Solution to rear tire inside edge wear on Ford Focus all models, all years:
The primary reason is too much negative camber for too little weight. This causes the tires to travel on the inside edges rather than on the tread surface. The most typical “solution” offered by Ford and Tire Retailers is to “rotate more frequently”, but this just wears 4 edges rather than 2 when alignment is within spec. Ford did not make camber setting adjustable, so you have to modify a suspension component, the upper control arm to hub connection point. Ford will not do this for you.
Purchase an aftermarket “camber bolt” set; <$35. I used the Specialty Products Company part number 81310. I think this is the most common and found at local auto parts retailers, and on the internet. The following instructions are for this bolt, to remove “negative camber”; i.e. make the wheel perpendicular to the ground (or almost).
The kit comes with 2 bolts, each with 2 “washers”, and nuts. The bolt is installed in the upper control arm where it joins with the hub, one on each side of the car. The installation is as follows:
1. Set the parking brake. Break the lug nuts free on rear wheels. Block (chock) the front wheels.
2. Jack up the rear of the car, and support with floor jack stands. I placed stands under lower control arm bracket.
3. Remove the rear wheels
4. Remove the bolt from the upper control arm at the hub. (Repeat these steps on the other side of the car)
5. The weld nut is still on the hub frame, and must be removed. This is the only tricky part, so take your time. I used a “Dremel tool” with a cut-off wheel. I had a 90 degree drive on the dremel tool as it improved control, and allowed easier access. Wear safety glasses. The weld nuts have 3 points where they are welded, as seen by imprints on the collar of the nut. The object is to cut only 1 weld free. Cut where the weld nut joins the hub, in effect, sliding the cut-off wheel between the hub frame and the weld nut edge. After making as deep a groove as possible without getting close to the brake line (be careful); use a hacksaw. Remove the blade from the hacksaw and reassemble in place with the blade below the brake line and hacksaw frame above the brake line. Take your time and saw carefully between the weld nut and hub frame. Eliminating 1 weld spot and making a grove is the objective. When you have sawn as much as possible, remove the hacksaw. Take a small cold chisel that fits down into the grove, and give it a whack. The cold chisel acts as a wedge to separate the parts (objective is side-ways pressure). The other 2 weld spots will pop loose. Weld nut gone, “hard part” done.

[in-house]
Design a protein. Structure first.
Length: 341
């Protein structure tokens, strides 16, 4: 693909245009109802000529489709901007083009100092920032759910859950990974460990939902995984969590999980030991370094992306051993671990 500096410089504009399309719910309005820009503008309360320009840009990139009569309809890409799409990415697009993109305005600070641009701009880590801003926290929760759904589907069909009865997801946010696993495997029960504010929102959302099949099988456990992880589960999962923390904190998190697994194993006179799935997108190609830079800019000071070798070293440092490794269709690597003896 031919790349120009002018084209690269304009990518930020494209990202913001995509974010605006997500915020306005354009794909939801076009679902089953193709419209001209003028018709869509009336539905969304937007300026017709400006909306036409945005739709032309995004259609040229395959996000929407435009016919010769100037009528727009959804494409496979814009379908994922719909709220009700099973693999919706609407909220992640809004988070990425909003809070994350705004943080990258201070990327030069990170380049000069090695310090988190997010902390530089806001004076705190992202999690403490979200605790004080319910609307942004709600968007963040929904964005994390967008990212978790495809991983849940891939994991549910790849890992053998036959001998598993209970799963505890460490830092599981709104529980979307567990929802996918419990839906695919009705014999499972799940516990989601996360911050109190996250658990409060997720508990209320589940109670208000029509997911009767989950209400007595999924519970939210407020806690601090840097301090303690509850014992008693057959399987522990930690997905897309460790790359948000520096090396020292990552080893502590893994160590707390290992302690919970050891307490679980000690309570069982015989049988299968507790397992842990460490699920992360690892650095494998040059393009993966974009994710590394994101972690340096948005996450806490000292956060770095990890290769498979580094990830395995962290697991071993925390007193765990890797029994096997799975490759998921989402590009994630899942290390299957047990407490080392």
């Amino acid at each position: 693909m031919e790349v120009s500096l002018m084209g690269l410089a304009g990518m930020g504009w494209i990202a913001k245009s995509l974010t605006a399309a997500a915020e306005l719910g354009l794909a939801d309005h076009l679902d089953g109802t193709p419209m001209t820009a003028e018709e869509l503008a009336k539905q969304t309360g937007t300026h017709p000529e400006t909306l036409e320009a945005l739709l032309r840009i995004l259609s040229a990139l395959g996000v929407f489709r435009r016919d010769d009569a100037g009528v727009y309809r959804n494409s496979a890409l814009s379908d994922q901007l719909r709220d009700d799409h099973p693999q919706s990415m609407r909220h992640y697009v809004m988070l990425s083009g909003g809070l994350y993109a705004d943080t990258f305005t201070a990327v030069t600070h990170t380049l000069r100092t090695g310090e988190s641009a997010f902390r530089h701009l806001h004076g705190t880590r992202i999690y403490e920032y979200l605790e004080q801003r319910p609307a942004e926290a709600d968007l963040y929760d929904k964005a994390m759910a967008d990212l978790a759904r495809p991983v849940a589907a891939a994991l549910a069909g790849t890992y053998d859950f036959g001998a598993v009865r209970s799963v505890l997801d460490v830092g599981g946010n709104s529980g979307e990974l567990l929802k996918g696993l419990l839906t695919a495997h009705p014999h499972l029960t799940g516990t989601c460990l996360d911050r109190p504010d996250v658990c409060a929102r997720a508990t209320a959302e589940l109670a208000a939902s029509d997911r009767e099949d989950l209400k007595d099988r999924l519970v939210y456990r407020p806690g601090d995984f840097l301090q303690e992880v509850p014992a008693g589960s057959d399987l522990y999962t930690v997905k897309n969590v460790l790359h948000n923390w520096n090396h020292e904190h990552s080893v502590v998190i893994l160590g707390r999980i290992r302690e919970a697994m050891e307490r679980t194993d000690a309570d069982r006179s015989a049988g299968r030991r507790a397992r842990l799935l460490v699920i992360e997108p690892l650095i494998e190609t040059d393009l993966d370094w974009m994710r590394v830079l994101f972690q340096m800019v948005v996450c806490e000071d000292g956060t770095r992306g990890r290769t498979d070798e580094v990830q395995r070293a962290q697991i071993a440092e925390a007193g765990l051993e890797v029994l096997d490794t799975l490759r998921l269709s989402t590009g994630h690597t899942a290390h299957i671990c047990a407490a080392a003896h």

6. With the dremel tool cut a notch on the top edge of bolt head, aligned with the high-cam lobe on the bolt shaft, so you know where high-cam is after installation (Also, in the future ,to make sure it has’nt moved for some reason).
7. Coat the bolt shaft and cam with anti-seize lubricant. Leaving the “washer” on the bolt, with the big tab pointing out, install the bolt. Make sure the little tab on the washer fits into the hole on the hub frame (this is the adjustment mechanism). The cam on the bolt now sits inside the upper control arm bolt hole.
8. Install the other washer (big tab out, little tab in hub frame bolt hole) and nut. Thread on the nut until the little tabs cannot escape from the hub bolt holes (snug but not tight). Positioning adjustments are ready to be made to reduce negative camber.
9. Rotate the bolt head until the notch you made (high-cam) points to the center of the car (away from you). Keep it in this position while doing the next 2 steps.
10. Rotate both washers’ big tabs by tapping with a pin-punch and hammer. Take your time. The little tab has to stay inside the hub frame bolt hole. Be careful of brake line and brake bleeder valve. If the big tabs are toward the center of the car (away from you on the back side of the bolt), the hub frame hole has been extended to its maximum outward position (via the little tab). In effect the control arm has been “lengthened”, making the hub more vertical.